Contact: Johanna Wilde
johanna.wilde@chalmers.se
46-317-722-029
Chalmers University of Technology

Public Release: 10-Nov-2014
Nature Physics
Lighter, cheaper radio wave device could transform telecommunications
Researchers at the Cockrell School of Engineering at The University of Texas at Austin have achieved a milestone in modern wireless and cellular telecommunications, creating a radically smaller, more efficient radio wave circulator that could be used in cellphones and other wireless devices. The new circulator has the potential to double the useful bandwidth in wireless communications and transform the telecommunications industry, making communications faster and less expensive in a wide array of products.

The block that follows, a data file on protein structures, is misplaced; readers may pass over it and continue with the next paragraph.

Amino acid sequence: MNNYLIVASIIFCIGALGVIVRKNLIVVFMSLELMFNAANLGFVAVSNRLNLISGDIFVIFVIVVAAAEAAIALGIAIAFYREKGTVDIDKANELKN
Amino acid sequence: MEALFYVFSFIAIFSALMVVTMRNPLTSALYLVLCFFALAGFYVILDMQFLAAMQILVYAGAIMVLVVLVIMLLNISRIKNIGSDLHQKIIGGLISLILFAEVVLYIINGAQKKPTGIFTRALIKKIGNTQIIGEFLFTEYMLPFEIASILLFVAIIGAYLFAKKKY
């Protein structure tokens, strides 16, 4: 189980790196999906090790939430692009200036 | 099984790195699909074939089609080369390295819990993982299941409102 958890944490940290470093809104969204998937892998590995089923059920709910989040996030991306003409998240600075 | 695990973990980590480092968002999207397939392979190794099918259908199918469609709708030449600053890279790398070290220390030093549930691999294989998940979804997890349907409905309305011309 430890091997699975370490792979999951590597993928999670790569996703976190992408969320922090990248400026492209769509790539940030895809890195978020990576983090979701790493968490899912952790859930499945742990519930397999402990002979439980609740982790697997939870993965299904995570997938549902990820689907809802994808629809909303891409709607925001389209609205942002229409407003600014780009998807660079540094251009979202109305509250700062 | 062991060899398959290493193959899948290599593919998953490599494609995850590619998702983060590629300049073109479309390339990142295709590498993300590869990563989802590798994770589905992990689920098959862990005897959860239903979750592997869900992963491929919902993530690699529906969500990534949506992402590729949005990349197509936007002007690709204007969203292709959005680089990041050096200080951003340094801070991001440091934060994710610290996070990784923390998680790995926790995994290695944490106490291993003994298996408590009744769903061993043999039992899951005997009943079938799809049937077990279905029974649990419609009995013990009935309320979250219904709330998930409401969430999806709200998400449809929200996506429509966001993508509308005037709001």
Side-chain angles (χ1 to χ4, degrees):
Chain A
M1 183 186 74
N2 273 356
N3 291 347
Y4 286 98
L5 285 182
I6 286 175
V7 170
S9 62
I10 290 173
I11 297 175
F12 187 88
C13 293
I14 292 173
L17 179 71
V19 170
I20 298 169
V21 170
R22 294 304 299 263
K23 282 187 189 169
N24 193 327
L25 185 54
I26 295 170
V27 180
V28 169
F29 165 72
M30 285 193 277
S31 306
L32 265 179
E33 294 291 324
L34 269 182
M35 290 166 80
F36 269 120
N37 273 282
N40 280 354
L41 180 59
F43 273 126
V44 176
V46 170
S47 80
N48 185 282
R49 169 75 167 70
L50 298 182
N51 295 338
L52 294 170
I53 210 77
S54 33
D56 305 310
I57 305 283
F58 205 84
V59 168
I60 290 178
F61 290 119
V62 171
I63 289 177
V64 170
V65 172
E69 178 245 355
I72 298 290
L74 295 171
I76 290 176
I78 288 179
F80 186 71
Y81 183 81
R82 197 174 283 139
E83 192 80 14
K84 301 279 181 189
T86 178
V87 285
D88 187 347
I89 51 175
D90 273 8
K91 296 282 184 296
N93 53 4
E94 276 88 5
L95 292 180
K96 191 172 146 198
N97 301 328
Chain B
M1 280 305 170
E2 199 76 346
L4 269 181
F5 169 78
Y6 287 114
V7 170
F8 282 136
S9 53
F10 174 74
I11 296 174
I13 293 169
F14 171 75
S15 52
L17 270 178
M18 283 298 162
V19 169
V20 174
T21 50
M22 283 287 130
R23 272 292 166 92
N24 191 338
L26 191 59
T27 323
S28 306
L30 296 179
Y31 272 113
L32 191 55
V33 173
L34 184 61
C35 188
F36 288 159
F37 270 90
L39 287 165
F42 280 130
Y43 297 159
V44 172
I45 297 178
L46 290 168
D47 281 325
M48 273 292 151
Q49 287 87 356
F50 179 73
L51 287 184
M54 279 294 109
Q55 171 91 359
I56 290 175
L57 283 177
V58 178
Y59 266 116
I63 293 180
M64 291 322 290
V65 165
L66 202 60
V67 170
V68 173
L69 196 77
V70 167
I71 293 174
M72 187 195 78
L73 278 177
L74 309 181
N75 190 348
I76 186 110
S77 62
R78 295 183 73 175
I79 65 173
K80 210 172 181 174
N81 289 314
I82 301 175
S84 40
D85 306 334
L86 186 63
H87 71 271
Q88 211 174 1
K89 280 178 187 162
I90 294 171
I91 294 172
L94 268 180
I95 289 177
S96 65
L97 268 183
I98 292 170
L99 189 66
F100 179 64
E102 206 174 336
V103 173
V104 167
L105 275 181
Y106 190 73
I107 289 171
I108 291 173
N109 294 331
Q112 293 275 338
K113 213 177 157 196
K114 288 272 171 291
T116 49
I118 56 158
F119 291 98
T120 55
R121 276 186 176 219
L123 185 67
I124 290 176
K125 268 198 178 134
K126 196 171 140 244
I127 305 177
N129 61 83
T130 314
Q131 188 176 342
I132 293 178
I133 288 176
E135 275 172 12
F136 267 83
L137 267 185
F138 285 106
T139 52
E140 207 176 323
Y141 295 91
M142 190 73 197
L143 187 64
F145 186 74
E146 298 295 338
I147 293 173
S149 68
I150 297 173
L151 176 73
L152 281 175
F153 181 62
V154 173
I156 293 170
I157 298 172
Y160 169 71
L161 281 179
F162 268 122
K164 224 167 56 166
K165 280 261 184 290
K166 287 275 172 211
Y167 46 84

Defense Threat Reduction Agency, Air Force Office of Scientific Research

Contact: Sandra Zaragoza
zaragoza@utexas.edu
512-471-2129
University of Texas at Austin

Public Release: 7-Nov-2014
Proceedings of the National Academy of Sciences
CCNY-led discovery may help breast cancer treatment
Researchers led by Dr. Debra Auguste, associate professor, biomedical engineering, in the Grove School of Engineering at The City College of New York, have identified a molecule that could lead to developing treatment for one of the most aggressive forms of breast cancer.
National Institutes of Health

Contact: Jay Mwamba
jmwamba@ccny.cuny.edu
212-650-7580
City College of New York

Public Release: 6-Nov-2014
Beilstein Journal of Nanotechnology
Manipulating complex molecules by hand